Colombres is a border territory between Asturias and Cantabria, dotted with cliffs, beaches, and mountains that plunge into the sea, full of stories of voyages that can be glimpsed in the numerous exotic houses of the indianos (Spanish emigrants to America) which occupy Colombres.
Plan your trip to Colombres
This town nestled in the protected landscape of the Asturian eastern coast is noted for its indiano architectural remnants in the form of cottages and public works such as the town hall. It is a small town that can be seen in half a day; the rest of the trip can be dedicated to visiting the coast, especially the beautiful Tina Mayor Bay, and the important El Pindal Cave. For the next few days of your visit, we suggest an excursion to the beautiful town of Llanes to the west, while to the east you’ll come across the port and marshland of San Vicente de la Barquera in Cantabria, and for those who prefer the mountains, the Picos de Europa National Park begins to the south of the town.
Human occupation of the territory of Ribadedeva, where Colombres is located, dates back at least to the Upper Paleolithic, which is represented by the unique works of art preserved in El Pindal Cave. Greco-Roman sources indicate that various peoples occupied the mouth of the Deva River, including the belligerent orgenomesco tribe.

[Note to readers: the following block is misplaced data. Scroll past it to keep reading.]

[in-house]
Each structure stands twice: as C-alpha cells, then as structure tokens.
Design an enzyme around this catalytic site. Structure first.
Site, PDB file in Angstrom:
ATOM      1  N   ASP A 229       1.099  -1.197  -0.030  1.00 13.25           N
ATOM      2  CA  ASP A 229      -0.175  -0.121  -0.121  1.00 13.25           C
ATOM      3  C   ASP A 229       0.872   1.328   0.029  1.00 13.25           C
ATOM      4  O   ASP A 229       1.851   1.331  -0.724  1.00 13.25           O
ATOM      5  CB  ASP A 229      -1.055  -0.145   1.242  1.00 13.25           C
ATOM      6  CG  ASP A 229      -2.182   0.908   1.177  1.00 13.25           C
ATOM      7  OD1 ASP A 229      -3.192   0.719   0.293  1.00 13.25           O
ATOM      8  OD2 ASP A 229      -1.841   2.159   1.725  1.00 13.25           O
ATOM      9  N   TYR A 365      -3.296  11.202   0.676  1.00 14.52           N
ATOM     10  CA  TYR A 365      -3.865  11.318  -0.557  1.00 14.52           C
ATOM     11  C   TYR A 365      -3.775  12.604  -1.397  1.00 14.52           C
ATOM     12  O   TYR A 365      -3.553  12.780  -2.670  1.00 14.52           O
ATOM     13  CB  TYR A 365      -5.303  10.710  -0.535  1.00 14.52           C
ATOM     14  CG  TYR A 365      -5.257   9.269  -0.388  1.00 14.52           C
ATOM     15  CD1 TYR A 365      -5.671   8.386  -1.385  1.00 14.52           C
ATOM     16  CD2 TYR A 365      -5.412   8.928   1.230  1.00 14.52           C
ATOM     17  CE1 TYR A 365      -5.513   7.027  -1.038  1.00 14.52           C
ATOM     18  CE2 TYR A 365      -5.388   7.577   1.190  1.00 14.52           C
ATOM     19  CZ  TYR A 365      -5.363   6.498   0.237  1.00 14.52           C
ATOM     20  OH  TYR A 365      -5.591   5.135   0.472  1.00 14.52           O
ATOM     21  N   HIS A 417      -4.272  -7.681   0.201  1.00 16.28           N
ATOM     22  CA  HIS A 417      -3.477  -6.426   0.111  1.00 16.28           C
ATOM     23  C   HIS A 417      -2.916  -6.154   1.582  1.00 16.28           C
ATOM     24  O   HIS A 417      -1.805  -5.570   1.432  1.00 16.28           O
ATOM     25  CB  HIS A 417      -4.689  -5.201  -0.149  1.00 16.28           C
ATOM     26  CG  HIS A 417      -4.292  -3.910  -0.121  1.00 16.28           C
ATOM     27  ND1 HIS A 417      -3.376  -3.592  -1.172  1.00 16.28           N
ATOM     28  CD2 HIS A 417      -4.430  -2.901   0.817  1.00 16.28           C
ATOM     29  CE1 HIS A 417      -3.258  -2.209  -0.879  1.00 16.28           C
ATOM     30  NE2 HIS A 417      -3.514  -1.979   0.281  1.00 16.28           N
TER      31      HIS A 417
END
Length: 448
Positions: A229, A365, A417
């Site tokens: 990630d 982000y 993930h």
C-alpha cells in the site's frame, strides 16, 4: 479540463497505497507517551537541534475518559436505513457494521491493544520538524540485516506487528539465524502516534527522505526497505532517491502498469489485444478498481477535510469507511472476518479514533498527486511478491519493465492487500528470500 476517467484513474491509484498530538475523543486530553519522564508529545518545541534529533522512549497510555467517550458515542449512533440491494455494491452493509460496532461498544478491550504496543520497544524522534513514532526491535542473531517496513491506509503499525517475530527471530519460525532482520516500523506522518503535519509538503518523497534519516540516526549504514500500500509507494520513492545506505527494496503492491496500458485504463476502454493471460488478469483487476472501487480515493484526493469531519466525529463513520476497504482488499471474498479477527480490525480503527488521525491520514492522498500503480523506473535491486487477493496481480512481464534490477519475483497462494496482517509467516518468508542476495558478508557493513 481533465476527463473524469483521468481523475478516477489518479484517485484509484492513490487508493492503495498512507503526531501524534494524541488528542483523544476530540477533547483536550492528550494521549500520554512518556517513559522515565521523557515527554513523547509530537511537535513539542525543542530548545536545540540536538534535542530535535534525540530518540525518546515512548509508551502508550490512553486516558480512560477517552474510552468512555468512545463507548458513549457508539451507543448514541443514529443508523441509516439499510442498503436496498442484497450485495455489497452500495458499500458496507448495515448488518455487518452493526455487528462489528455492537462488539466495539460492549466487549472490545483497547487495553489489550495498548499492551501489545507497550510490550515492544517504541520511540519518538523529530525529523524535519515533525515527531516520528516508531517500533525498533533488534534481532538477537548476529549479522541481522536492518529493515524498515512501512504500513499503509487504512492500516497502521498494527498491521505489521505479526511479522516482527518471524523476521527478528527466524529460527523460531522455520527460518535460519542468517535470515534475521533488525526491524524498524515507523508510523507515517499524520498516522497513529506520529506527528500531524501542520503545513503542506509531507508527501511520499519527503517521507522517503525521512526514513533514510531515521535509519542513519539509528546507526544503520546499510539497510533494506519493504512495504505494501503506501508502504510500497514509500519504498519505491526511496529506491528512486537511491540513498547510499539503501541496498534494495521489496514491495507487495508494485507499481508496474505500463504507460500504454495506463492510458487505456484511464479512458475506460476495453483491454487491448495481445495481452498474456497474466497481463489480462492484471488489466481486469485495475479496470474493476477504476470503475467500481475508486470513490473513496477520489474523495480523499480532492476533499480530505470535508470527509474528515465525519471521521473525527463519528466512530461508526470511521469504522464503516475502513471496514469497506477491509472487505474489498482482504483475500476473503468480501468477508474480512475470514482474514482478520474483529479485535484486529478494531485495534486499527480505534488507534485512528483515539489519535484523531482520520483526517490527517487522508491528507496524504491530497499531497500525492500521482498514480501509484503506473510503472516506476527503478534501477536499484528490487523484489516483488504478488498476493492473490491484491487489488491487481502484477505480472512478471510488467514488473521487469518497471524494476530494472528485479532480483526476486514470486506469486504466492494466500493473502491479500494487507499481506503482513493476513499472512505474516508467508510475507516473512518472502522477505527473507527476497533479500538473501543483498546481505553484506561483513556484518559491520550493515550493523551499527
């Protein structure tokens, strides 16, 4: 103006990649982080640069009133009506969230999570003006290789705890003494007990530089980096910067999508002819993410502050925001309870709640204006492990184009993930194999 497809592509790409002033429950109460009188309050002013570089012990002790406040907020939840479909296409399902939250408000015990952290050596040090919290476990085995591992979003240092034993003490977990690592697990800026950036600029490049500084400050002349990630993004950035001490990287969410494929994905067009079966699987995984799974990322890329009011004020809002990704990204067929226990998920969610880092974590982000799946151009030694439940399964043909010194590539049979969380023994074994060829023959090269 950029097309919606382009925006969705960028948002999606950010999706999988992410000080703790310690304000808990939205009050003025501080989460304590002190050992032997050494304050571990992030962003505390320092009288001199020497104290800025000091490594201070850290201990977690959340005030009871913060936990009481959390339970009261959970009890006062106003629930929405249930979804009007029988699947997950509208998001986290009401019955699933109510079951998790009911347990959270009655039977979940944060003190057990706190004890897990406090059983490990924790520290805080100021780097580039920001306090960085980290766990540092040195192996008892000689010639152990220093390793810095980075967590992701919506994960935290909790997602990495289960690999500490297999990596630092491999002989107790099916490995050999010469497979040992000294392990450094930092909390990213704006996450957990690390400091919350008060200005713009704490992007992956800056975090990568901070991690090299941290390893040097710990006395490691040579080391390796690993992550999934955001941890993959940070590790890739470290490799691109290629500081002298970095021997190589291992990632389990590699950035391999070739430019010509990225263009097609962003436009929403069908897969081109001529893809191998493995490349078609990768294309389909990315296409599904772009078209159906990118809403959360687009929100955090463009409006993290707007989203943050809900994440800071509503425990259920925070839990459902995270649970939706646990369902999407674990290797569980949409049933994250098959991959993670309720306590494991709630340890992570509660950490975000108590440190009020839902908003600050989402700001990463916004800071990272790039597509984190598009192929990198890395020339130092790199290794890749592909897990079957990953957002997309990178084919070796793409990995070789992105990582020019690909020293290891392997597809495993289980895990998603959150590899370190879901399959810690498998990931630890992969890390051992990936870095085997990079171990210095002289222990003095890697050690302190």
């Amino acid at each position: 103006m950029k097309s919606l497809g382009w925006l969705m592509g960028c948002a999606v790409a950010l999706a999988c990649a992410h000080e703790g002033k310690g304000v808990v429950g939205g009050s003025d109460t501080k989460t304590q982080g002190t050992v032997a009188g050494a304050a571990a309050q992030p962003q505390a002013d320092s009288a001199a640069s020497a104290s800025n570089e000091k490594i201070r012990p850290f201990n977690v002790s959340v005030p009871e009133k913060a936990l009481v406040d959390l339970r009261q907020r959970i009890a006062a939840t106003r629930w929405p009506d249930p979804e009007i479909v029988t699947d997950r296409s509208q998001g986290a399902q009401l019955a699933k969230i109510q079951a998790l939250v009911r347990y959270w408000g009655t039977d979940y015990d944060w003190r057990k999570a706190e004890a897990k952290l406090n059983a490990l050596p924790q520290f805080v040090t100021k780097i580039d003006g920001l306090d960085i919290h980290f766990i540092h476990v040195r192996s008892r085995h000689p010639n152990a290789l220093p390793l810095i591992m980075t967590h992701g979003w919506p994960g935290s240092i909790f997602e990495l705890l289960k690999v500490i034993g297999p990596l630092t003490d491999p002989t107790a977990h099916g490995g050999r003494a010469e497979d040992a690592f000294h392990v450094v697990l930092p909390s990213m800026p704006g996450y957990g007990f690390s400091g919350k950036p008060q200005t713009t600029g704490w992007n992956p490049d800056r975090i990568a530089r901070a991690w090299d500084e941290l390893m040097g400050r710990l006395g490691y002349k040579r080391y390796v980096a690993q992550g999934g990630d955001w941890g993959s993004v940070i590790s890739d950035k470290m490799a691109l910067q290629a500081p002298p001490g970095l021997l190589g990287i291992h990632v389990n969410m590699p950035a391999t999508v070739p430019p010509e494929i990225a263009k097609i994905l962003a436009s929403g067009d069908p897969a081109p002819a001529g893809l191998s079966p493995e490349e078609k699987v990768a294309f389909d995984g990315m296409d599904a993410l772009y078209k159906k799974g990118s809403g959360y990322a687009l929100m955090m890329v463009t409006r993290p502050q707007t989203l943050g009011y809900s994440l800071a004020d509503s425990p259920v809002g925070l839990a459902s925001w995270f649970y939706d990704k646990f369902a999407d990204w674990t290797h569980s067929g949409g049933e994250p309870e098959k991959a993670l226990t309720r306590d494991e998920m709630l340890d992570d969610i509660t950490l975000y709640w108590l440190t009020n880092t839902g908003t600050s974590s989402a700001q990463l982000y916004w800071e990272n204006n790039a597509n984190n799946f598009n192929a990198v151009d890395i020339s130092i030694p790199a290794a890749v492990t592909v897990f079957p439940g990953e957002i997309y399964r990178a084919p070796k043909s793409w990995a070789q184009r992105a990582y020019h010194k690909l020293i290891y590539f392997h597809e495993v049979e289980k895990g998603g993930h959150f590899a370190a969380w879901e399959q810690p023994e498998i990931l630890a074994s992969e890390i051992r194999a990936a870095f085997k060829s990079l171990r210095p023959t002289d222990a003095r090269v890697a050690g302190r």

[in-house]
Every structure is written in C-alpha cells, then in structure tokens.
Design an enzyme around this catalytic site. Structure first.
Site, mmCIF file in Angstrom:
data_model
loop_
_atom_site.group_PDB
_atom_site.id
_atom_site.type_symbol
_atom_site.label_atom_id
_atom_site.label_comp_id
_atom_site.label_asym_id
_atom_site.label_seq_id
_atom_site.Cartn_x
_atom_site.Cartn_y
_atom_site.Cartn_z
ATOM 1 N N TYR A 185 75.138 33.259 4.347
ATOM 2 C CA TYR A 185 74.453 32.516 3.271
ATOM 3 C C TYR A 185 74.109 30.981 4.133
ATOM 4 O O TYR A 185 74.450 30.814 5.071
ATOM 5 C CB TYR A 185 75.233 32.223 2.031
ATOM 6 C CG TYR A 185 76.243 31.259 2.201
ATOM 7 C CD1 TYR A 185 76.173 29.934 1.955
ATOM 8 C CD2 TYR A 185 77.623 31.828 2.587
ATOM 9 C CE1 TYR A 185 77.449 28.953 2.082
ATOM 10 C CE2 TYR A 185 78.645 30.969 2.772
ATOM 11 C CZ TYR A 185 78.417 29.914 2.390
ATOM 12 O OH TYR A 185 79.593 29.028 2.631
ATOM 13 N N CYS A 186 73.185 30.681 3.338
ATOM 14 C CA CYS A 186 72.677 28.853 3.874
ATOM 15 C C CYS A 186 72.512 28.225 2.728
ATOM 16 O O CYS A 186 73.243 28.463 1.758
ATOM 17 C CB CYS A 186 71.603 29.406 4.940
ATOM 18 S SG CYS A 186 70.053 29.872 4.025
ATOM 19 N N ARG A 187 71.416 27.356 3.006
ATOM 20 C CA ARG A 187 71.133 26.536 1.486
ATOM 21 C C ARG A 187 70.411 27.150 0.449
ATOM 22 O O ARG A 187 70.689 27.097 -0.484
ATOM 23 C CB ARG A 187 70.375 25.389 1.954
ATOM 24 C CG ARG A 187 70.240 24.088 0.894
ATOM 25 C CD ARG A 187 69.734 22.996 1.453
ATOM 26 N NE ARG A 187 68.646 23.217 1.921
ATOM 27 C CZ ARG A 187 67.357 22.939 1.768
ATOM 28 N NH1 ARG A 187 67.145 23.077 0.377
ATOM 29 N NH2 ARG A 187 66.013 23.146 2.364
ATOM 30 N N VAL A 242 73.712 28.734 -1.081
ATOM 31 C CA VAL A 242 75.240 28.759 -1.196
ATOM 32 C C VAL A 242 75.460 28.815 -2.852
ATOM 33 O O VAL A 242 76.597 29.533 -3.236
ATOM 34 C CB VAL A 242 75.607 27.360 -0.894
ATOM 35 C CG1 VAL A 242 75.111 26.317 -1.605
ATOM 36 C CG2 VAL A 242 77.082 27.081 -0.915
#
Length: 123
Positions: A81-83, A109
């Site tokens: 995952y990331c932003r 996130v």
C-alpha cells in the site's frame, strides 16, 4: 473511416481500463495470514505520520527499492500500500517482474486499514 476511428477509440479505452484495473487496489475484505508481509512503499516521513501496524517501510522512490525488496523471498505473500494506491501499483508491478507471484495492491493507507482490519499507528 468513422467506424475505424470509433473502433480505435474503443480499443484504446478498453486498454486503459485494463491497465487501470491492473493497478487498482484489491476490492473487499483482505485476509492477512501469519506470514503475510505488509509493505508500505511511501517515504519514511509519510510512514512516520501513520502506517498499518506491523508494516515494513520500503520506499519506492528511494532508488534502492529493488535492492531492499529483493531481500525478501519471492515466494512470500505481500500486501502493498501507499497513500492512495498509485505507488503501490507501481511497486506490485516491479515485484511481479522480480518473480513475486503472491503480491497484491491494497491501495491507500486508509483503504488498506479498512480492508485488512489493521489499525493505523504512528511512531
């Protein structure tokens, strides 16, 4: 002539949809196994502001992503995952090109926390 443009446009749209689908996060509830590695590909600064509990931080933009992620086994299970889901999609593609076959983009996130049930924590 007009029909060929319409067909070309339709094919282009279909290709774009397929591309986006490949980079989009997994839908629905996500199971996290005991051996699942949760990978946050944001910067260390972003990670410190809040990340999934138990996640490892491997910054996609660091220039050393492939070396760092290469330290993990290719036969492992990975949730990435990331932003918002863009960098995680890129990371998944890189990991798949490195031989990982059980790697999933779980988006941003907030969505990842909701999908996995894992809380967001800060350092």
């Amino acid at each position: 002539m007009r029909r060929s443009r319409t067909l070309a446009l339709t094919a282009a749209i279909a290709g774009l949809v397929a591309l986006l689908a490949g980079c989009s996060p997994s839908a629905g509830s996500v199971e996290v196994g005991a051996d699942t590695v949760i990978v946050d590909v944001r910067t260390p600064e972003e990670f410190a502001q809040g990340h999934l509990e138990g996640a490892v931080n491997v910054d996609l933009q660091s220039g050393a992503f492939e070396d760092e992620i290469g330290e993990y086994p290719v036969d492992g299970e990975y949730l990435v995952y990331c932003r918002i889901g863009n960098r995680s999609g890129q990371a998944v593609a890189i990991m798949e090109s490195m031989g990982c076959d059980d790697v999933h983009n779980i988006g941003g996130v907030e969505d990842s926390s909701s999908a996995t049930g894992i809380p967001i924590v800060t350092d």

There are no clear references about the territory of Ribadedeva until the 10th century, although some documents of San Salvador de Celorio confirm the existence of an independent territory. In the 13th century, King Ferdinand III absorbed Ribadedeva into Castile as part of Santillana, establishing it as a link with the kingdom of León. The link with Asturias is owed to the ecclesiastical government maintained by Oviedo, the Asturian capital, over this territory, which gave rise to a peculiar legal situation, as in the eyes of civil law it belonged to the Castilian kingdom while the diocese belonged to the Crown of León. In 1376, the inhabitants of Ribadedeva were allowed to organize themselves as an autonomous municipality.
In 1517, Colombres received a visit from Carlos I when the king arrived in Spain. Two centuries later, the area was named in the Catastro of Ensenada (1753), which highlighted its corn farming and great variety of fruit plantations.
During the War of Independence on the Tina Mayor estuary, the patriots established a defensive line known as the “Colombres Line,” fortifying the urban center. At the command of Isabella II, it was reincorporated into the province of Oviedo in 1833. Its crest includes the arms of the city of Santander and of the Principality of Asturias as a summary of its history.